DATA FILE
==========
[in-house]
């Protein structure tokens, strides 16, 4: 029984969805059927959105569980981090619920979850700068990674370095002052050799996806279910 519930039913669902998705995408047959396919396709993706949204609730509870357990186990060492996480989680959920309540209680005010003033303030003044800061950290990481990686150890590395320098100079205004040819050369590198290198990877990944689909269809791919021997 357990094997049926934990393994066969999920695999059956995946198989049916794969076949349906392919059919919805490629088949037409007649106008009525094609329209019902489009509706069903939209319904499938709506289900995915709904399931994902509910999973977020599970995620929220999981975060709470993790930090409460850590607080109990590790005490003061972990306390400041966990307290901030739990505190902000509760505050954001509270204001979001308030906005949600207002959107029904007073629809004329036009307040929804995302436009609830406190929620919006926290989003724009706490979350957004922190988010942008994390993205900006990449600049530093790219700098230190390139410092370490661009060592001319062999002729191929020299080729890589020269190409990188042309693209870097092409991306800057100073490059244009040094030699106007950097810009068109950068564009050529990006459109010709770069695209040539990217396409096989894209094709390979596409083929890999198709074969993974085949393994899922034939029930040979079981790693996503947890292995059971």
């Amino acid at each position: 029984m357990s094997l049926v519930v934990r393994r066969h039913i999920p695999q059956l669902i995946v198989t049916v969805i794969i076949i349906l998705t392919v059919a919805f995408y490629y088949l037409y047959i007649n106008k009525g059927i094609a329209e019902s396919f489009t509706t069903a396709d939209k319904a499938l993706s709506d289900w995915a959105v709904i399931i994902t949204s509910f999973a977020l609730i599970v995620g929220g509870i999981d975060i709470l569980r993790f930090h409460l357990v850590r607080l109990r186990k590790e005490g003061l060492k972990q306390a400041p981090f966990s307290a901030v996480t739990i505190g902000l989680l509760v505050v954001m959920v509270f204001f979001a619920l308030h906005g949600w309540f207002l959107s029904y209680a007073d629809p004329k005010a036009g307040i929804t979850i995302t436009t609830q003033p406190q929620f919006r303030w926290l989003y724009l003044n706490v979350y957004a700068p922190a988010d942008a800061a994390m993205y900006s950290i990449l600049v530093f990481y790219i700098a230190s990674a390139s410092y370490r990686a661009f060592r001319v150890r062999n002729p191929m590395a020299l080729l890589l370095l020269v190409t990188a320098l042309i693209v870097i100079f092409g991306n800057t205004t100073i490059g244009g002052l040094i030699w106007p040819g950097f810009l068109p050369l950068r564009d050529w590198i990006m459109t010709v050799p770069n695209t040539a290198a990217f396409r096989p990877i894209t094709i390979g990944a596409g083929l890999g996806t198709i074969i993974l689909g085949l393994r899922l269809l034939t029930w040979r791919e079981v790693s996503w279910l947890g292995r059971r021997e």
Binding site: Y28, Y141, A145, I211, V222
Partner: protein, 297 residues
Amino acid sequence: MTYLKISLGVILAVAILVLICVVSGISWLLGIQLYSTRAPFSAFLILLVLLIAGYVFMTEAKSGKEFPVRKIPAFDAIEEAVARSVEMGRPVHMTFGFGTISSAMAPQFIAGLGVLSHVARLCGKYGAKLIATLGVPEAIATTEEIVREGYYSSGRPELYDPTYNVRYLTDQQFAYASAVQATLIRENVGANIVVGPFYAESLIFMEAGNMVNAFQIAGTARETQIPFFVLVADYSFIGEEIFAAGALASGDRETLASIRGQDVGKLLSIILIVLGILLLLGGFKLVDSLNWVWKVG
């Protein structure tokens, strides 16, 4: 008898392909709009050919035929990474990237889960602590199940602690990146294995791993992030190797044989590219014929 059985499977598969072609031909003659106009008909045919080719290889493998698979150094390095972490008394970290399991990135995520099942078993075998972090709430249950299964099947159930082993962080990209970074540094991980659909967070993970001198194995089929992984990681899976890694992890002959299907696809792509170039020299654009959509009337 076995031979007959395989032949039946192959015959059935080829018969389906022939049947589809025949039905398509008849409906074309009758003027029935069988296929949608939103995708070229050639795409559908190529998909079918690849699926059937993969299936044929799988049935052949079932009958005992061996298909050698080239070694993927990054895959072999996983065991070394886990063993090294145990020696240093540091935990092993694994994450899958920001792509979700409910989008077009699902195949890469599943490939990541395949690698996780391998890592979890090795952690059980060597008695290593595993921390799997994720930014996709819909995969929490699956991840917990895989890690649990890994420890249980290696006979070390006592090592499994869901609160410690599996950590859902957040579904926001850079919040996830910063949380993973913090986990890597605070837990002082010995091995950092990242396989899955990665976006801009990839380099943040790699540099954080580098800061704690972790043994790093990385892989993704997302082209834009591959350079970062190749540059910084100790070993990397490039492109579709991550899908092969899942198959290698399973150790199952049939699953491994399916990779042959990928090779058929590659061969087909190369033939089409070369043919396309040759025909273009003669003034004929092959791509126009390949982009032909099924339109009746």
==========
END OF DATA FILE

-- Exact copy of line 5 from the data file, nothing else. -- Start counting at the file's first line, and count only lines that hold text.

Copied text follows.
Partner: protein, 297 residues